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A Bee Cloned Itself Millions of Times Over the Last 30 Years

The dysfunctional bee just goes on cloning and cloning until the hive is destroyed.

A Bee Cloned Itself Millions of Times Over the Last 30 Years
A close-up of a different kind of Honey Bee. Heather Broccard-Bell / iStock

Sexual reproduction is the closest thing most living beings have to immortality. But there's a creature on this Earth who takes it one step closer to the ideal.

Worker honeybees of the South African variety can clone themselves, one of whom did so, many millions of times, for 30 years, according to a recent study published in the journal Proceedings of the Royal Society B.

This isn't, strictly speaking, eternal life. But it's the next best thing. And it's also deadly to the perfect order of a healthy beehive.

For some bees, conventional sex is also inherently inbreeding behavior

While asexual reproduction, also called parthenogenesis, is fairly common among insects, creating offspring that with identical genes to the parent isn't so common. The difference lies in how genetic material is typically mixed up during reproduction, in a biological process called recombination. This means that even in asexual reproduction, where only one parent is needed, the spawn's DNA is usually not the same. But female workers of the South African Cape honeybee (Apis mellifera capensis) have become capable of effectively cloning themselves without experiencing the changes typically seen in reproduction. "It's quite remarkable," said the University of Sydney's Benjamin Oldroyd, in a New Scientist report.

And there are benefits to cloning oneself to create offspring. In ordinary asexual reproduction, the process can lead to death for honeybees, since roughly one-third of their genes end up inbred, causing the larvae to die before maturing, explained Oldroyd in the report. But the Cape area's honeybee workers have found a way to procreate without sacrificing their genetic health. In fact, one of them has re-cloned itself hundreds of millions of times since 1990.

However, this doesn't bode well for the well-being of the larger bee colony, warned Oldroyd. The queen bee is usually the only one that reproduces, commanding other bees to do the work of constantly building on and restoring the health of the colony. In this scenario, once worker bees start cloning themselves, which typically goes down after a significant disruption or disturbance of the hive, the rigidity of the bee hierarchy is put into question. At times, clones have developed into a queen of their own, leading to increased levels of dysfunction. "Eventually the workers just sort of hang around laying eggs not doing any work," explained Oldroyd. "The colony dies, and [the cloning workers] spread to the next colony."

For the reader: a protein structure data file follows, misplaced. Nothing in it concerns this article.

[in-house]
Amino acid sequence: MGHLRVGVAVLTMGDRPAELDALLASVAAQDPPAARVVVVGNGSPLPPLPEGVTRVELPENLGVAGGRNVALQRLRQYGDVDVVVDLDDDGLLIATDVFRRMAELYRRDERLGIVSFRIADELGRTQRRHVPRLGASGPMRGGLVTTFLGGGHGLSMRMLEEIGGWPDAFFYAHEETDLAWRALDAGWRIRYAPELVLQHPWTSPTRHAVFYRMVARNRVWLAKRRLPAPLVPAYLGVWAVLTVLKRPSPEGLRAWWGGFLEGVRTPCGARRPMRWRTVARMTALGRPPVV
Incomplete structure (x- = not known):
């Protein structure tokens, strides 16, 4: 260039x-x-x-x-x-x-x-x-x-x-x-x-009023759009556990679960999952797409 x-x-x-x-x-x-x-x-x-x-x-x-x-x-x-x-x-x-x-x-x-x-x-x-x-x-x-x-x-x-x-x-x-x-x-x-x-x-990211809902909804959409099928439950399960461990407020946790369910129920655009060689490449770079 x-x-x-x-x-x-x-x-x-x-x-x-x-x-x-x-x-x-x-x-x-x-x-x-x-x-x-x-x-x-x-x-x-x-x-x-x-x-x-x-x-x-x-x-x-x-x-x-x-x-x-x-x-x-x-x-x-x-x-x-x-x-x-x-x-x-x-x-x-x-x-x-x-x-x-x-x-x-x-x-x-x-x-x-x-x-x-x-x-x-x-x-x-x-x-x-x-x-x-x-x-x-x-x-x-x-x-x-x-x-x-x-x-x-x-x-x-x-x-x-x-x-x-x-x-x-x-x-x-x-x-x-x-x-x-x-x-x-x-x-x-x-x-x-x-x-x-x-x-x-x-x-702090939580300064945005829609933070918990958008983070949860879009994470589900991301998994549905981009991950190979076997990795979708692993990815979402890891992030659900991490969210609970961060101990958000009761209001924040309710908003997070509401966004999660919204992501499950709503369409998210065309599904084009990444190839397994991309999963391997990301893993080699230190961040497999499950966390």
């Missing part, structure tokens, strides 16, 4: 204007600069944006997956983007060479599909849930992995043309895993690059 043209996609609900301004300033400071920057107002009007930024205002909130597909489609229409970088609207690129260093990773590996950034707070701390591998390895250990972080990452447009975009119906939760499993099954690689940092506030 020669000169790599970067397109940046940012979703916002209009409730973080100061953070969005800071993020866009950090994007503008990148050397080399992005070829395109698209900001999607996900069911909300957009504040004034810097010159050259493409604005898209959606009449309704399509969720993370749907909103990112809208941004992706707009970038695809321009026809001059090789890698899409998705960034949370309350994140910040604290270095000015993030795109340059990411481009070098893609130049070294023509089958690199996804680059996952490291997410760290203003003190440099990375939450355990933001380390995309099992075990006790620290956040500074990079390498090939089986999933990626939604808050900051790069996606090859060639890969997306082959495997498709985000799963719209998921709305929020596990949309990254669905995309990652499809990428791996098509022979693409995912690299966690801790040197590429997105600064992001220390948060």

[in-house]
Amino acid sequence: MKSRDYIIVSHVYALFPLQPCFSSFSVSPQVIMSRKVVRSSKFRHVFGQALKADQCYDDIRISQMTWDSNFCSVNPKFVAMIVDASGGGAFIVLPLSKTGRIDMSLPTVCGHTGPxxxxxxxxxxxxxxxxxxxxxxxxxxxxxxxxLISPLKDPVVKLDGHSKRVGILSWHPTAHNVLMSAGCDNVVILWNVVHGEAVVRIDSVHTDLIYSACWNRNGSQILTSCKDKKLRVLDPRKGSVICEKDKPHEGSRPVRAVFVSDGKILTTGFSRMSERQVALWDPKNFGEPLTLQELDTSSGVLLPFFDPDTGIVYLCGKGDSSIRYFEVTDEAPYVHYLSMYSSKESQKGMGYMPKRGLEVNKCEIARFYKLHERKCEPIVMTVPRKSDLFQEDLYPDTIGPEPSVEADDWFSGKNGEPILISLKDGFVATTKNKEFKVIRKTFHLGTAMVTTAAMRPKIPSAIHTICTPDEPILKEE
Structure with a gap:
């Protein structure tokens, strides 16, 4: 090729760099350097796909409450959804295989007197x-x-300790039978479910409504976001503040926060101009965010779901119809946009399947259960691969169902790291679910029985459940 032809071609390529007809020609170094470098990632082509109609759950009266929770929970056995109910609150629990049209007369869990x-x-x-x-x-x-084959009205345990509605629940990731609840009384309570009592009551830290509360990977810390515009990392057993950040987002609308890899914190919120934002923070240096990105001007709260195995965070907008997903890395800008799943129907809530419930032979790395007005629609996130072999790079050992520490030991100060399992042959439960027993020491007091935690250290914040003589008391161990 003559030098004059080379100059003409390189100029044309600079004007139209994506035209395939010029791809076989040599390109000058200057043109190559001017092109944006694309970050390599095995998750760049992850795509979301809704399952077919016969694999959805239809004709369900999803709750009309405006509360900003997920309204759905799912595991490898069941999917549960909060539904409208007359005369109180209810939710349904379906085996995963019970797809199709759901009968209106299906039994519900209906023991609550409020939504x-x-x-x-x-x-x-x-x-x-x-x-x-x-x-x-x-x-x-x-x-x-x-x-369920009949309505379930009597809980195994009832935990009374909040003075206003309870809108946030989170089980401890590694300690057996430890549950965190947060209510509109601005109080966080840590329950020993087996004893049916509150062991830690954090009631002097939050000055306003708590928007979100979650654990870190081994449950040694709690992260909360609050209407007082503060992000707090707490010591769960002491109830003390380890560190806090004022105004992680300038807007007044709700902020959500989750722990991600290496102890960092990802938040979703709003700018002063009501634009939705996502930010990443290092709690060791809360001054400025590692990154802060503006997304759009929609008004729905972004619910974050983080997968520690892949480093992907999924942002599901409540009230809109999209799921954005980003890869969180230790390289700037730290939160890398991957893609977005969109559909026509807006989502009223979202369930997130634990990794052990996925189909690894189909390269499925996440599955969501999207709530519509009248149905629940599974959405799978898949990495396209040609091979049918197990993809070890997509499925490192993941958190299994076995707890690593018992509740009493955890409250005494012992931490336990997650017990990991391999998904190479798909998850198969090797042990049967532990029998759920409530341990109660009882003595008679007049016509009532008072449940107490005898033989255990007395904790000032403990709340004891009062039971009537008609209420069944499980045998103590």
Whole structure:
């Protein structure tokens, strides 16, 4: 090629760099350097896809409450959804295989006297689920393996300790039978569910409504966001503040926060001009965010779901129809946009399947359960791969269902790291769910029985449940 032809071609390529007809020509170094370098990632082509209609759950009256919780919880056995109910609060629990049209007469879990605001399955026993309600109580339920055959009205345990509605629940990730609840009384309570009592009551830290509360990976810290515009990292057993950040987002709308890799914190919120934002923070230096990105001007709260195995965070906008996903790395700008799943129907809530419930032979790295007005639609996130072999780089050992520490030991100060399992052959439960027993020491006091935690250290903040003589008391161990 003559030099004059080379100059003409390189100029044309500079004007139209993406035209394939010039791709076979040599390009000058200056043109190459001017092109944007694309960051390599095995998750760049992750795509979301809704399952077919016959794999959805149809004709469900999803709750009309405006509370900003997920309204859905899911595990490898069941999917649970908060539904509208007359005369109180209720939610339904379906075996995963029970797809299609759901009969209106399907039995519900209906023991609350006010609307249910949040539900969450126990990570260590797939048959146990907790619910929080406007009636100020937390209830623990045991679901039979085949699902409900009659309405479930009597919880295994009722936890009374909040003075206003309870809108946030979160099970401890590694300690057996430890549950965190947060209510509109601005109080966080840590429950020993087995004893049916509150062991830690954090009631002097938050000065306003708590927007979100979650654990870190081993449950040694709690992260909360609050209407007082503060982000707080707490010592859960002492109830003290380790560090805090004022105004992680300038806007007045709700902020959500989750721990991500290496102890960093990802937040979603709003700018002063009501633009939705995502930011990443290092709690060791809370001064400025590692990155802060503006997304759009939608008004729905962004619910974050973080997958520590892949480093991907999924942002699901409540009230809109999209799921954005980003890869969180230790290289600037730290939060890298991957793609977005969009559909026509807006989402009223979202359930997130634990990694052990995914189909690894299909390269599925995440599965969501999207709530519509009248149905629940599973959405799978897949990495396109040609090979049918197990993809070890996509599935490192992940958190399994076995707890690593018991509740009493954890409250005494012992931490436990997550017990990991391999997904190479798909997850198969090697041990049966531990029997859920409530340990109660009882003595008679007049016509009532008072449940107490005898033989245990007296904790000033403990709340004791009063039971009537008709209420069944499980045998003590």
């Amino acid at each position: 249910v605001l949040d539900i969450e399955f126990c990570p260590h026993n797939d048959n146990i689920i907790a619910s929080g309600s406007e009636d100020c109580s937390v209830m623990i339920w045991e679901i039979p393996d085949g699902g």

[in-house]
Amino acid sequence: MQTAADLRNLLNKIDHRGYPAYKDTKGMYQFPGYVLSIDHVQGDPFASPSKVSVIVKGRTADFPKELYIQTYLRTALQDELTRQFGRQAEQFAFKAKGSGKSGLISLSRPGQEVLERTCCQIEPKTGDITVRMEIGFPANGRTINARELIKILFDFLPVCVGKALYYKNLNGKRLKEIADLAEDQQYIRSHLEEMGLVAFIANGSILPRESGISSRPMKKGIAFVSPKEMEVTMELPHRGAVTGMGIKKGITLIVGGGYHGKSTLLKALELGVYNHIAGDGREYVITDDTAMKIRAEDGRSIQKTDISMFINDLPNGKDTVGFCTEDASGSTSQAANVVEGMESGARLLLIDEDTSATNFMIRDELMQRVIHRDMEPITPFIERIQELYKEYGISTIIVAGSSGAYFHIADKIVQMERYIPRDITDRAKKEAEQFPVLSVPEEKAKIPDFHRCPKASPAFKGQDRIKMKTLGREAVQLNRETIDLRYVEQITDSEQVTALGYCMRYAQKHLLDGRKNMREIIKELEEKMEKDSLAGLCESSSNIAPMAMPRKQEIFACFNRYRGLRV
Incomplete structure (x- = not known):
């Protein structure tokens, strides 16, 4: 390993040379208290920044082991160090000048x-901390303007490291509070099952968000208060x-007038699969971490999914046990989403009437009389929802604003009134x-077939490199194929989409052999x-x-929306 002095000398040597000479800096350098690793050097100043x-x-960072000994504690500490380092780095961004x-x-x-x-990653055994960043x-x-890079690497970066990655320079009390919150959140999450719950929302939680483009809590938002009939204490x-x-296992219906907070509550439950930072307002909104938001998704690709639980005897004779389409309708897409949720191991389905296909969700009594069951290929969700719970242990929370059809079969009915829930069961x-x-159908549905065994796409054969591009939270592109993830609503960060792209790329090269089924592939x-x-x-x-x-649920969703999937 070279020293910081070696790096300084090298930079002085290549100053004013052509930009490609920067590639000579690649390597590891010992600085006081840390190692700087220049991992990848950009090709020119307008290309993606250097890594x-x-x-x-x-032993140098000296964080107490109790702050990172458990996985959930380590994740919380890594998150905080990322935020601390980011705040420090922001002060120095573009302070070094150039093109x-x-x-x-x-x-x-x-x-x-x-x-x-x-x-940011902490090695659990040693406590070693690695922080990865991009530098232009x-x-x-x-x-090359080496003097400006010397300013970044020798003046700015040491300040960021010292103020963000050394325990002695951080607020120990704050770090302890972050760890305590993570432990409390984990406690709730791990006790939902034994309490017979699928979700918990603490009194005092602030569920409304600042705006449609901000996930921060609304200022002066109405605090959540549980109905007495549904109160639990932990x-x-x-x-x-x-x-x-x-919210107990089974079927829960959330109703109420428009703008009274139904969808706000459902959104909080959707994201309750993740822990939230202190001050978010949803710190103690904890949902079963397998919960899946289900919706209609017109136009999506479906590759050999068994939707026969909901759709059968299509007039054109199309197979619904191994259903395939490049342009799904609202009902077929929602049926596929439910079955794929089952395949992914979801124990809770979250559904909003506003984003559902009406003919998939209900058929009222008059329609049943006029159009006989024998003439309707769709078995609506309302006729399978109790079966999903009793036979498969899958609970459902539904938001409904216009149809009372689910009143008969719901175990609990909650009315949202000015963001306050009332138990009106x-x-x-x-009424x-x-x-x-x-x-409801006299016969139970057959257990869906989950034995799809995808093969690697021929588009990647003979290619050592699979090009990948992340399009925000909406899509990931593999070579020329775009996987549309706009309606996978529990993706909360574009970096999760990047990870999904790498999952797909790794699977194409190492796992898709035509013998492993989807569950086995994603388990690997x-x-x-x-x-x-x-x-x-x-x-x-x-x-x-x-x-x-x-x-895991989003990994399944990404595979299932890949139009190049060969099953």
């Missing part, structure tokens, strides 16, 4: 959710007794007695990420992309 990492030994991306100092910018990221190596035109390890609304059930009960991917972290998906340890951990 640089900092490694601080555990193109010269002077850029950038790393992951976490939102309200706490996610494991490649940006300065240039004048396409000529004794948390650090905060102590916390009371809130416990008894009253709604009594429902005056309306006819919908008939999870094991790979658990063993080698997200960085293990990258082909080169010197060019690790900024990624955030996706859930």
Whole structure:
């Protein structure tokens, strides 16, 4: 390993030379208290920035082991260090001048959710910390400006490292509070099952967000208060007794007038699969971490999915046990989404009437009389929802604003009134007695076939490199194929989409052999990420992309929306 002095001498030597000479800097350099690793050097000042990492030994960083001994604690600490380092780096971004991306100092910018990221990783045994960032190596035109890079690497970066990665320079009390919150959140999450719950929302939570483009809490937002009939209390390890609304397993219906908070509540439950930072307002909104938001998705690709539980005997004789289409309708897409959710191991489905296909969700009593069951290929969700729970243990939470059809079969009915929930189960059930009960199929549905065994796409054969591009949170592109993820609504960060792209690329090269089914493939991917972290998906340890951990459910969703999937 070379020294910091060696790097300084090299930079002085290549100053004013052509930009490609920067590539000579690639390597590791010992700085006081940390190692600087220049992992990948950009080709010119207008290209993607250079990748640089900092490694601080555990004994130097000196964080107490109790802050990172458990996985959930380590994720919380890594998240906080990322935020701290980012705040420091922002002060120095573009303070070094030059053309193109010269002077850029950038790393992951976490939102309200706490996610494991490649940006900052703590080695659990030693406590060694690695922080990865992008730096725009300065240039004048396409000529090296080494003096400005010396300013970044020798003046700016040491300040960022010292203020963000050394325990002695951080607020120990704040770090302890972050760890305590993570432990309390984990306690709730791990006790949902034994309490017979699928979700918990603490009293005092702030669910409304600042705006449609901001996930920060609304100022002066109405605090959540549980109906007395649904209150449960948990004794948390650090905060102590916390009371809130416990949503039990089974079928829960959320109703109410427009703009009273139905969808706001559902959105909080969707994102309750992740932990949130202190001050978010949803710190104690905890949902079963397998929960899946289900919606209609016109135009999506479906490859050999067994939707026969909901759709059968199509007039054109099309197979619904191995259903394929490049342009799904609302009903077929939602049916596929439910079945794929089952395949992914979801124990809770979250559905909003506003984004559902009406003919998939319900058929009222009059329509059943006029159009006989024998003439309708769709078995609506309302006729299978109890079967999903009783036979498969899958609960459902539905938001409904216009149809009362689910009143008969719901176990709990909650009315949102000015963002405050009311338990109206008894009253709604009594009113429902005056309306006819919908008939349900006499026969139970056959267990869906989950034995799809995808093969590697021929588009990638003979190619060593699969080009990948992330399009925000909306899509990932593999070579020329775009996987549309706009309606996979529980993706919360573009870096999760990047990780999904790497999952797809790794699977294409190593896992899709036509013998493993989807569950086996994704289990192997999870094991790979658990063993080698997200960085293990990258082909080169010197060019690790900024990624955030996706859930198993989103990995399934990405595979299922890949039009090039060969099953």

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Female worker bees can create perfect copies of themselves

However, once these workers have slid their way into the next colony, they go on laying eggs! And this not only disrupts the new colony. It can also seize control, laying waste to the pristine order one expects from a clockwork beehive. Chaos truly reigns. "They kill about 10 percent of South African colonies every year," lamented Oldroyd in the New Scientist report. "It's like a transmissible social cancer." Intrigued by the strong genetic integrity of worker clones who avoid the pitfalls of inbreeding, Oldroyd and his team did a compare and contrast analysis of Cape worker bees between virgin queens and their offspring. 

The team found that Cape queens typically reproduce sexually (with a partner), which means forcing them to make the magic happen asexually required fitting the insects with a strip of surgical tape glued via nail varnish, to enact a kind of insect contraception. The female worker bees still met up with male ones amid mating flights, so they laid their eggs anyway. The research team then genotyped one queen and 25 of her larvae, in addition to four worker bees and 63 of their asexually produced larvae. The results showed that queen offspring produced asexually exhibited levels of genetic recombination 100 times greater than levels seen in cloned worker-bee offspring. The latter's offspring were basically perfect reproductions of their mothers, said Oldroyd.

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A lot of people want to live forever, and many of those who don't would prefer not to give up their life until they've had their fill of it. Sadly, there's no clear way to adapt these worker bee skills for human purposes, but it still shows the incredible ingenuity of evolution, and how, even when its own mechanism of continuing a species through time is threatened by inbred genetics, life finds a way. Even if it's the same way. Hundreds of millions of times. And it endangers all of your friends.

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